Oil futures extended their recent losses Wednesday, hitting their lowest level all year in the U.S., as investors focused on falling gasoline demand in a weekly report on domestic crude stockpiles.
The Energy Information Administration said its measure of demand for the motor fuel fell 1.1% to 8.3 million barrels a day during the week ended April 12, the lowest level for that week in 16 years.
The decline in demand follows weeks of disappointing economic headlines, which have damped sentiment about oil demand.
"Demand is weakening and looking at the economic numbers of the last few weeks we knew that was going to happen," said Carl Larry, president of Oil Outlooks and Opinions, an energy newsletter.
Light, sweet crude for May delivery settled $2.04, or 2.3%, lower at $86.68 a barrel on the New York Mercantile Exchange, the lowest finish yet this year. Brent crude on the ICE futures exchange recently declined $2.11, or 2.1%, to $97.80 a barrel.
The disappointing gasoline demand figure is the latest sign that demand concerns have captured the focus in the oil market, particularly in the wake of disappointing economic data out of the U.S. and elsewhere.
In recent weeks, the International Energy Agency, the Organization of the Petroleum Exporting Countries and the Energy Information Administration all cut their outlook for 2013 oil demand growth. Nymex crude has fallen more than 10% since a recent high in February, while Brent has shed more than 15% since February.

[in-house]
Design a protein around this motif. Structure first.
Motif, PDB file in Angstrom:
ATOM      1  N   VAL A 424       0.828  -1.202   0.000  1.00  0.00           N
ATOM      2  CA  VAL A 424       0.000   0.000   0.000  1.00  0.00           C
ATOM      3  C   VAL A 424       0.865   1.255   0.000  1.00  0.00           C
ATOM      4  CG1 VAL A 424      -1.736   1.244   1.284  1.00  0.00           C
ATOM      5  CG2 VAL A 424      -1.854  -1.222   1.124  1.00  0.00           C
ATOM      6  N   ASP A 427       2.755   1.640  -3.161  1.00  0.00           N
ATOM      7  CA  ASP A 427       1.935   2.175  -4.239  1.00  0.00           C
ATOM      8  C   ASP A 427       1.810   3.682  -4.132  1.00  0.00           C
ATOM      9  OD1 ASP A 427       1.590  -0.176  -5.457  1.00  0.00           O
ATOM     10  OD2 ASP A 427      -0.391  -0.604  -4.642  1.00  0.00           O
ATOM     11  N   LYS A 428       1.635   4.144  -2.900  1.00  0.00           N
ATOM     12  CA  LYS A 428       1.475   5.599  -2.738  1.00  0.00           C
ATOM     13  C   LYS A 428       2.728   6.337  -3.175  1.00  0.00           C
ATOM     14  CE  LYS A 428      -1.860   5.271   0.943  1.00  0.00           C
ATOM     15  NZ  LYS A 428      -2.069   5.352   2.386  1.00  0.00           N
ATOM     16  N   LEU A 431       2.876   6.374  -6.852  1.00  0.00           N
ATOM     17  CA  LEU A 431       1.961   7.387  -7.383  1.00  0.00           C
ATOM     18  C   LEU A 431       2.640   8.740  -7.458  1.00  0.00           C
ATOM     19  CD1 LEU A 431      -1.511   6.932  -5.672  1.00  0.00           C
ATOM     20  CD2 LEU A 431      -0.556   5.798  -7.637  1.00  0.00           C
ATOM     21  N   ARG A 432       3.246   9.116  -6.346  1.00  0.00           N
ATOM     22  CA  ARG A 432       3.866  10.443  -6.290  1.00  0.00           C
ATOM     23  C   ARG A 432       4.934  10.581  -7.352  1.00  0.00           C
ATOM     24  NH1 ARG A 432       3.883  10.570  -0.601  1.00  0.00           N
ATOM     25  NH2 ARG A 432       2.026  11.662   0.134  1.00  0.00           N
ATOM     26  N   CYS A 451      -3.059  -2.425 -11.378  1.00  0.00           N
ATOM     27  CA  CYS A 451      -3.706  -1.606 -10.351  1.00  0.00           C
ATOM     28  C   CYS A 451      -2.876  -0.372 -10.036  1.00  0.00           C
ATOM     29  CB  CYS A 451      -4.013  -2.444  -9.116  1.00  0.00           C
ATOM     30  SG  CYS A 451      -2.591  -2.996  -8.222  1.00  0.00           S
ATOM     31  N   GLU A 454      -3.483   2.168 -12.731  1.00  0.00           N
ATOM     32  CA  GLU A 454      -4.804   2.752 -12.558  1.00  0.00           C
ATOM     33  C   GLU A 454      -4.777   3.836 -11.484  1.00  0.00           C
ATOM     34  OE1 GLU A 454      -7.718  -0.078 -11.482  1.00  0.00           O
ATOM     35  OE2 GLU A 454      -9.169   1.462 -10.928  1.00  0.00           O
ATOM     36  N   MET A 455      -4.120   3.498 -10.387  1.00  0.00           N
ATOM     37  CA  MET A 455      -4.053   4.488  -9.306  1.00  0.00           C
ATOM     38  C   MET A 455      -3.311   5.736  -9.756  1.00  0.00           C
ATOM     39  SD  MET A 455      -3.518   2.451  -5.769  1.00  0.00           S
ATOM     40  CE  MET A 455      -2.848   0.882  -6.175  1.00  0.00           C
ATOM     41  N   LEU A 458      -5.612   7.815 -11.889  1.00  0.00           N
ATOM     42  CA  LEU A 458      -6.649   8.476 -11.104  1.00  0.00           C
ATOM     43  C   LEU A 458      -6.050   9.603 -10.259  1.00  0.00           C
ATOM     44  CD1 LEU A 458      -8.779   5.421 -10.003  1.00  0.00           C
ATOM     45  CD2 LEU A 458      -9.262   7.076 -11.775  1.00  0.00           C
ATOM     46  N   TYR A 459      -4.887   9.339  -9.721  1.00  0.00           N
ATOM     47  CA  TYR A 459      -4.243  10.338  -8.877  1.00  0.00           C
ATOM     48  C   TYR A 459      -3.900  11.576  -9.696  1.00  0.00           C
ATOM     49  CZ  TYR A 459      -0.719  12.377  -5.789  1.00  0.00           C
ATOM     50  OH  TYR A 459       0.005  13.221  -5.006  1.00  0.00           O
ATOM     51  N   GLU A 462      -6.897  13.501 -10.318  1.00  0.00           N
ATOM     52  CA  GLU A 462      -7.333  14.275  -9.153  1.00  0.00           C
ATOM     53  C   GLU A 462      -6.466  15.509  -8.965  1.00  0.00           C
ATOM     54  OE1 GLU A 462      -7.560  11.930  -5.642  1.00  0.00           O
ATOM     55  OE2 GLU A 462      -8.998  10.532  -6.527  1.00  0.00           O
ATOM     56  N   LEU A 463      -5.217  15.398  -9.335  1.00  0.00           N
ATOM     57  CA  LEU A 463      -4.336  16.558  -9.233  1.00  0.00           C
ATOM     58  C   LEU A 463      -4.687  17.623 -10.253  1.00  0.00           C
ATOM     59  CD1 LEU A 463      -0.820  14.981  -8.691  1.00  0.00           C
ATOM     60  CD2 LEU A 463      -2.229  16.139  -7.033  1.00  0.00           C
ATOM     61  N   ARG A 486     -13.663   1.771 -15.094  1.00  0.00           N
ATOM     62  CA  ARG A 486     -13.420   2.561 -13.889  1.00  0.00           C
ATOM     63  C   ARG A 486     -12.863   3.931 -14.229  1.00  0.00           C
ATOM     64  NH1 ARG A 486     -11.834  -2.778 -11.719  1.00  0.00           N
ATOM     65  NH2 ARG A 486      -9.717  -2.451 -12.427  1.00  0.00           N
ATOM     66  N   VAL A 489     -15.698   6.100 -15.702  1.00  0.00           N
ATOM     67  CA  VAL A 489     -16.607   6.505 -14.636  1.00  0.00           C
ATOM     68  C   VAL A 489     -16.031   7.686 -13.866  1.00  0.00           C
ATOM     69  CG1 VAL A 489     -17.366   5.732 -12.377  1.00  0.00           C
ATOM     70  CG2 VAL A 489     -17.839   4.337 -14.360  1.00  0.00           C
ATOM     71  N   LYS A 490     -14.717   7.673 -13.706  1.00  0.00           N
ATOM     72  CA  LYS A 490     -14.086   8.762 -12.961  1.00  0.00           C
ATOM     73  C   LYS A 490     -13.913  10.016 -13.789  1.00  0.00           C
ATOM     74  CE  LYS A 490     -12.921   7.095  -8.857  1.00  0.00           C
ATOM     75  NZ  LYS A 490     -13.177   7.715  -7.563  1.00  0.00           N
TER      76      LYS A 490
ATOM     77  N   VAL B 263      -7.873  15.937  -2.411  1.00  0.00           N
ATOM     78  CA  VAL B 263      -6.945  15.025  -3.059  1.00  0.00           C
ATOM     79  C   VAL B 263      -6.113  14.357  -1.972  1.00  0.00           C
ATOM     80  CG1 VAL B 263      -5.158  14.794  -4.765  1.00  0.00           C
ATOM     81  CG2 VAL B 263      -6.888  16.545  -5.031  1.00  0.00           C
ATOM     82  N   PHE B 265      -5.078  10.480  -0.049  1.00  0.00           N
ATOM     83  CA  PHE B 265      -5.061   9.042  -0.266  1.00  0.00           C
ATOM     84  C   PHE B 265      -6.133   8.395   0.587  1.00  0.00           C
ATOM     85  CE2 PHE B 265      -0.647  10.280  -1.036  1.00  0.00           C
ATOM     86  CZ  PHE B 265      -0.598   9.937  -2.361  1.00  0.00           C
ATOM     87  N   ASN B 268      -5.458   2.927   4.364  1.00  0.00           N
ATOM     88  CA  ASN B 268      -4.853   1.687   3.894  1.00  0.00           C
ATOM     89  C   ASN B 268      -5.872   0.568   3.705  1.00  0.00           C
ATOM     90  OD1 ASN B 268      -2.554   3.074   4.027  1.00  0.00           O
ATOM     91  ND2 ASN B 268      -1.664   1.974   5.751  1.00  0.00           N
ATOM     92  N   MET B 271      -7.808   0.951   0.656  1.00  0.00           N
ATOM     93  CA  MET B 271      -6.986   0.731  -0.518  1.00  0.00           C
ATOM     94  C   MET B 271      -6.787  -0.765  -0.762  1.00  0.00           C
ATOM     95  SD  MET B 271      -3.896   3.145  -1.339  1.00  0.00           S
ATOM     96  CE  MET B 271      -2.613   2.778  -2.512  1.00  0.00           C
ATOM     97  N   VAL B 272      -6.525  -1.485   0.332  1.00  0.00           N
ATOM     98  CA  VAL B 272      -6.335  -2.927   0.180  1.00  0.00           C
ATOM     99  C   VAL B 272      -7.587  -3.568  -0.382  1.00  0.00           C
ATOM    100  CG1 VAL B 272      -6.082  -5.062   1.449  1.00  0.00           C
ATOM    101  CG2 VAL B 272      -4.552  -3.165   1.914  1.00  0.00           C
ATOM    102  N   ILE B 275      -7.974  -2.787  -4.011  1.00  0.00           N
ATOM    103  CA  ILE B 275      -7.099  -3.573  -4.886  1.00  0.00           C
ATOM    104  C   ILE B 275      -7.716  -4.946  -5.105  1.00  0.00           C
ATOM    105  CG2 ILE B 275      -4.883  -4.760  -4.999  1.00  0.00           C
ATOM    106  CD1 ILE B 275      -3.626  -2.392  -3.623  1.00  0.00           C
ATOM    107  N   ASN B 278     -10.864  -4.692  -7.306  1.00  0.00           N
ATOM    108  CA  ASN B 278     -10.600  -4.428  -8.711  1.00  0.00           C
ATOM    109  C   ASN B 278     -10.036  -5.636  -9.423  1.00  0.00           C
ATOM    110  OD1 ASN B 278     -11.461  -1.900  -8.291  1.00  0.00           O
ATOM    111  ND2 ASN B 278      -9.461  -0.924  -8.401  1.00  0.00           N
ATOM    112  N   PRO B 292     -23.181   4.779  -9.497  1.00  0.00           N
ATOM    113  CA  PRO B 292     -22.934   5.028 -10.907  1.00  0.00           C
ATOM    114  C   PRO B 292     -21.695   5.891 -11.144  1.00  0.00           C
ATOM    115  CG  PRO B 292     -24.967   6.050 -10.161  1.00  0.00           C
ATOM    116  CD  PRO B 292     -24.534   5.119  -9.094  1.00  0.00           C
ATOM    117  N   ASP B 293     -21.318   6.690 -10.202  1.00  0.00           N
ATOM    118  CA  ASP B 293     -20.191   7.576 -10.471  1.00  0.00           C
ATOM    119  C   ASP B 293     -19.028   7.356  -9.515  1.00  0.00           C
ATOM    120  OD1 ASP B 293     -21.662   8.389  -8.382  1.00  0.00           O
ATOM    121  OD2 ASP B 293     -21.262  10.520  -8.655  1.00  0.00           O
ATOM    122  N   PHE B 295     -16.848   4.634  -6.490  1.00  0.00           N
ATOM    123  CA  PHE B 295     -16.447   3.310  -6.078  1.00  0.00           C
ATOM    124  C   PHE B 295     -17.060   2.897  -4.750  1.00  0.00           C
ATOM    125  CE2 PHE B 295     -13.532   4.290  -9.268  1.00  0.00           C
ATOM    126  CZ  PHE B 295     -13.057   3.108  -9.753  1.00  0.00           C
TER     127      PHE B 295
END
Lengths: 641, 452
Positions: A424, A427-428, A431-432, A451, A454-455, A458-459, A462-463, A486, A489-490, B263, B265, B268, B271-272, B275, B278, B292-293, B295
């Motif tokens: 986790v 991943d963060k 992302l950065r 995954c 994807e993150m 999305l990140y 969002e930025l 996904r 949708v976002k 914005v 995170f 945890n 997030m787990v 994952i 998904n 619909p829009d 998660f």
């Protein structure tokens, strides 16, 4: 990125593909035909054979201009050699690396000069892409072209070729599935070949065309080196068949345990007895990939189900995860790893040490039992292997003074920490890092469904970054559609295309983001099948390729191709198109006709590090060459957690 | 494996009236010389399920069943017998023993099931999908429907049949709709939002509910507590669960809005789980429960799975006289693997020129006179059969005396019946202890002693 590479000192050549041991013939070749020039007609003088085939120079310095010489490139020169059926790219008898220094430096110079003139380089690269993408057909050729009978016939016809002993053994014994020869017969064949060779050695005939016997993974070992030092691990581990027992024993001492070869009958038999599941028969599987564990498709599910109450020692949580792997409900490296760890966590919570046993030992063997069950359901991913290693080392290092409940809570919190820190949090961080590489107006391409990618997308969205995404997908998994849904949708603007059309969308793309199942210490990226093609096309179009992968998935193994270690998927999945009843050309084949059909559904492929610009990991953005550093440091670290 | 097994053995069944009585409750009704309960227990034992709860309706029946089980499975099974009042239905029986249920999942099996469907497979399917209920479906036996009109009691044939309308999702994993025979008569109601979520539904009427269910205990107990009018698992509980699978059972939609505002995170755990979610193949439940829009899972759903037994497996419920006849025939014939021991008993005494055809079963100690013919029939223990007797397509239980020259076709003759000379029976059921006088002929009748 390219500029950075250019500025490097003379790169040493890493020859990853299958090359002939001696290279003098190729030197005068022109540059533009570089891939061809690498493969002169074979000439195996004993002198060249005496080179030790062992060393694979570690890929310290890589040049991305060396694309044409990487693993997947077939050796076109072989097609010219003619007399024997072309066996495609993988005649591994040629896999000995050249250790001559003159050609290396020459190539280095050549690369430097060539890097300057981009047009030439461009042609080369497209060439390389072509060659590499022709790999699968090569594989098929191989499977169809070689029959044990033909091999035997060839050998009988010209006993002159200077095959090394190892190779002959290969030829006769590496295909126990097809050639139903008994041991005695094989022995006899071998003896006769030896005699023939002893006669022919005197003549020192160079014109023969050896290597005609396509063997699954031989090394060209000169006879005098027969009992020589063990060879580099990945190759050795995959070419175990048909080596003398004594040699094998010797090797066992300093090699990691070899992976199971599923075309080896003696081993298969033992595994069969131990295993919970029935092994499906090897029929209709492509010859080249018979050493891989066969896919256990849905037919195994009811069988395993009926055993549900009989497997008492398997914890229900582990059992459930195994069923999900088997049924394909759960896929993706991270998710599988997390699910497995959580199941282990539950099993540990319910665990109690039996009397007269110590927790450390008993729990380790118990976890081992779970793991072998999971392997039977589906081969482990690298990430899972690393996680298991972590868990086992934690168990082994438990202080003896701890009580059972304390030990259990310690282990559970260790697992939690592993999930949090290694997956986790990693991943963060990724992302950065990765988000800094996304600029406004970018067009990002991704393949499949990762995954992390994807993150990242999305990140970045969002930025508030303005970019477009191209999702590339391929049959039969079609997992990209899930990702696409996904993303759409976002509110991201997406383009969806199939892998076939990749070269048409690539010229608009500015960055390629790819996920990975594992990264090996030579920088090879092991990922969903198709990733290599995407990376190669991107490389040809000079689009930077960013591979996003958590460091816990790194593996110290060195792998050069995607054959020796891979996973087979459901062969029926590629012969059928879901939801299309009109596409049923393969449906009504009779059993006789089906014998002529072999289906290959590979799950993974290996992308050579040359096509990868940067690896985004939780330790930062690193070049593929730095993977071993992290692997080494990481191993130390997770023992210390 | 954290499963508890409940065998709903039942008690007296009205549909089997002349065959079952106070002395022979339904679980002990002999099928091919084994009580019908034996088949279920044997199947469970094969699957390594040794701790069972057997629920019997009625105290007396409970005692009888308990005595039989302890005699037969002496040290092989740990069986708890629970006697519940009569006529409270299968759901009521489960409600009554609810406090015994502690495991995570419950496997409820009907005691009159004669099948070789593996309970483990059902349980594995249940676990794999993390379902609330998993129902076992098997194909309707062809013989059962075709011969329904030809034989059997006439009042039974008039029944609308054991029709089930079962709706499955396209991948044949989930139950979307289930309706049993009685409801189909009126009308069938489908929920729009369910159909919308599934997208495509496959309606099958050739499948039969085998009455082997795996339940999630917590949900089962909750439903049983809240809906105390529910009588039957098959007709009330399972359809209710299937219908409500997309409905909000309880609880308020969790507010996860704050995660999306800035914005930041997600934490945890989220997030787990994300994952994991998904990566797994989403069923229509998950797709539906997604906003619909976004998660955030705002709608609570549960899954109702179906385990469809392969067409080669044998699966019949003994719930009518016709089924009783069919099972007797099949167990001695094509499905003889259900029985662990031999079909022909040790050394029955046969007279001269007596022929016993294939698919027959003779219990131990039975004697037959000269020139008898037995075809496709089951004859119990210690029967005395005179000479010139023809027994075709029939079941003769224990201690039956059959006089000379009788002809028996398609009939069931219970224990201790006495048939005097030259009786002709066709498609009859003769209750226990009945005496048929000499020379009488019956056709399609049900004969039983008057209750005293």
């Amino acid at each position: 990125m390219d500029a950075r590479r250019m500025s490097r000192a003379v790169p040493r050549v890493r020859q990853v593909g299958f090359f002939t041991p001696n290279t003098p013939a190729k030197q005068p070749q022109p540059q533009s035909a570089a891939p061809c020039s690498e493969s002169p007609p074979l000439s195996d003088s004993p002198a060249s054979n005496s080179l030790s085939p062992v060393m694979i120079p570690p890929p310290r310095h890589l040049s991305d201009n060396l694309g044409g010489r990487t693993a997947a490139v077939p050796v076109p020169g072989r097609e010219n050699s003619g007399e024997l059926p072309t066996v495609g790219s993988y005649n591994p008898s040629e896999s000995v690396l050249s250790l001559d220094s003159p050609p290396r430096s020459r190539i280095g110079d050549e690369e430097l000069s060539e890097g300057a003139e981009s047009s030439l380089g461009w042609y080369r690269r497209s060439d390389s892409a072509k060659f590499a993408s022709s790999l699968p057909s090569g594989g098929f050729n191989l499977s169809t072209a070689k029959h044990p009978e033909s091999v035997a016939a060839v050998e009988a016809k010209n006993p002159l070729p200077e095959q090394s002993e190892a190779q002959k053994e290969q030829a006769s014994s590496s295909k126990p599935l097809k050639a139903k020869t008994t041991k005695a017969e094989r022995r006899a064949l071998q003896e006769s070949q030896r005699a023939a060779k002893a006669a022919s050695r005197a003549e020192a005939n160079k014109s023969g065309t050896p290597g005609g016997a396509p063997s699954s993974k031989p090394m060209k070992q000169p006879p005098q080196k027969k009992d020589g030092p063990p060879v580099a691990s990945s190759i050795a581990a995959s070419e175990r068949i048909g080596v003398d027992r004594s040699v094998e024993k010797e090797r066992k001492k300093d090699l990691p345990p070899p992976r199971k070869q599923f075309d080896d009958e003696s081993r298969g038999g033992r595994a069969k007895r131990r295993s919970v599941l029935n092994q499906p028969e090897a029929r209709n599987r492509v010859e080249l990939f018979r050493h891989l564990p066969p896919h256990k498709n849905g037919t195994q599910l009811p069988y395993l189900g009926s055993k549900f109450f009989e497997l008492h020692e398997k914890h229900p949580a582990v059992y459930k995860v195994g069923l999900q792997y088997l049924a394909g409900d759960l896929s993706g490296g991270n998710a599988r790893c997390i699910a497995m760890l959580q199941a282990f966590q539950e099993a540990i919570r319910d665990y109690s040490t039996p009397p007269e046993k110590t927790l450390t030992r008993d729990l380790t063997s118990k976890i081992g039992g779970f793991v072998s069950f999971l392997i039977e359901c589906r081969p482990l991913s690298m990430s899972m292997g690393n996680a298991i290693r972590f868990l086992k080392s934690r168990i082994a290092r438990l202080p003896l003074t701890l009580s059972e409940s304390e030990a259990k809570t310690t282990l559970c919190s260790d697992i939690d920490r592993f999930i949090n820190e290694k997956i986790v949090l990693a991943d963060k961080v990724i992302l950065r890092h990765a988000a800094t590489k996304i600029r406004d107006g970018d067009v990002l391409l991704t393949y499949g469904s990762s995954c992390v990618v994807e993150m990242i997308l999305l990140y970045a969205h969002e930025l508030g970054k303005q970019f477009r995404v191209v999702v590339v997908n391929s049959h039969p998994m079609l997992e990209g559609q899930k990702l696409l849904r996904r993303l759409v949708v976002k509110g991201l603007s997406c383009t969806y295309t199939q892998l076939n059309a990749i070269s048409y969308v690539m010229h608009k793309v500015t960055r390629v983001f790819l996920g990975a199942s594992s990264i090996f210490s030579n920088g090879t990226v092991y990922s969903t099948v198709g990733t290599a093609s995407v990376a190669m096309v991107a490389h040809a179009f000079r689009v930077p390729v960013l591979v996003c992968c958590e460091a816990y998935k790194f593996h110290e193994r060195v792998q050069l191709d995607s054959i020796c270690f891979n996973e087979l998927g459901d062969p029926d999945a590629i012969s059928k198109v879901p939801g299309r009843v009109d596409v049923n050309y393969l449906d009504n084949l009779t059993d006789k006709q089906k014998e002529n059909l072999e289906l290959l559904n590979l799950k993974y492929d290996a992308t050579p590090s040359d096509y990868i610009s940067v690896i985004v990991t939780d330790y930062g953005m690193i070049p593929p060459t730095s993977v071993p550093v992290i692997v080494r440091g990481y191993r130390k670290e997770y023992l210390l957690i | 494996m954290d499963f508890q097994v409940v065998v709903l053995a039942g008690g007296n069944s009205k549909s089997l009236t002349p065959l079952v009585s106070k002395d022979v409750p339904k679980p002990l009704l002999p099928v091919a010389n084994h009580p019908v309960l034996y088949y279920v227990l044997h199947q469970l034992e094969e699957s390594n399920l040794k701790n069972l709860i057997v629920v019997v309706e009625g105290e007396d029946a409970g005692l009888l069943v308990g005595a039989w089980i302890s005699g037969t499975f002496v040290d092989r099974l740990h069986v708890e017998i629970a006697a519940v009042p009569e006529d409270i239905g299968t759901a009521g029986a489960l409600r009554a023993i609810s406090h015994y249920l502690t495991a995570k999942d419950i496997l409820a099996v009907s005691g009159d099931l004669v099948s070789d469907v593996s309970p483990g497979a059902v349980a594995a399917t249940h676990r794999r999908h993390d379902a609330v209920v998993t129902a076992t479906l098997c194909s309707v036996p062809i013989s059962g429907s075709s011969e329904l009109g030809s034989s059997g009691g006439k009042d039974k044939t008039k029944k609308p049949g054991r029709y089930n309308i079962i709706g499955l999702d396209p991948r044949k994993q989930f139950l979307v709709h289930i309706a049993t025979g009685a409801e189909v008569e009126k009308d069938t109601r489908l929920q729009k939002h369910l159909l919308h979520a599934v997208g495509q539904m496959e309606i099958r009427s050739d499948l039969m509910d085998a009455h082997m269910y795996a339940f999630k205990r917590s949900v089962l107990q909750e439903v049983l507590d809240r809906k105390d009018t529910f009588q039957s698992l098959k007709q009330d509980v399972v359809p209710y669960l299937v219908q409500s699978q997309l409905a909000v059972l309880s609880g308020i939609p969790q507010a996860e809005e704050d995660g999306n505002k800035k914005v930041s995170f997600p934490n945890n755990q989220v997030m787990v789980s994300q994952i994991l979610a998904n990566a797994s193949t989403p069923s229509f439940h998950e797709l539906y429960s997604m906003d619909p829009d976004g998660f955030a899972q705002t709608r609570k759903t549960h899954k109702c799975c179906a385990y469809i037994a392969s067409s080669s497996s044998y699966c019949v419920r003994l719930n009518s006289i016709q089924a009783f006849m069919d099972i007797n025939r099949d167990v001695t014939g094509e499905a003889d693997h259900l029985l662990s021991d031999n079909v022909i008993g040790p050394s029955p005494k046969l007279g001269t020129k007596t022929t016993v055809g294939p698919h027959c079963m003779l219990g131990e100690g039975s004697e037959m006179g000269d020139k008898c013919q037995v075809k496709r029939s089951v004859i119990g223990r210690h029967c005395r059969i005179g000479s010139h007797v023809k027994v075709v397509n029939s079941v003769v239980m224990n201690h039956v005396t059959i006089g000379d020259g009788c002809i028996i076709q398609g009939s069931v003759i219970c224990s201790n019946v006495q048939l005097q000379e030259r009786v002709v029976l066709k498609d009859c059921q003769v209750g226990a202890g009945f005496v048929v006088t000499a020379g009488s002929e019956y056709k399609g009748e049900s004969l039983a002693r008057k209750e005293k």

"Demand, especially in Europe, is going to continue to be poor," said Andy Lipow, president of Lipow Oil Associates, a Houston consultancy. "That and stagnant growth in the U.S. Those are weighing on the market."
Analysts at BNP Paribas were the latest market observers to cut their oil-price forecast, citing the recent market downturn. The analysts cut their 2013 average forecast for Nymex crude to $95 a barrel from $100 and cut their Brent outlook to $108 from $115, though they said prices could recover later in the year.
The EIA said oil stockpiles last week dropped 1.2 million barrels last week, marking a retreat from a 23-year high. Analysts surveyed by Dow Jones Newswires were calling for an increase of 900,000 barrels. Gasoline stocks fell 600,000 barrels, while stocks of distillates--including heating oil and diesel--jumped 2.4 million barrels.
Refinery utilization fell 0.5 percentage point to 86.3% of capacity.
Analysts expected U.S. gasoline stockpiles to fall by 500,000 barrels, while stocks of distillates were forecast to fall by 500,000 barrels. Refiners are expected to keep operations unchanged.
Front-month May reformulated gasoline blendstock, or RBOB, settled 5.28 cents, or 1.9%, lower at $2.7290 a gallon. May heating oil settled 7.19 cents, or 2.6%, lower at $2.7346 a gallon.
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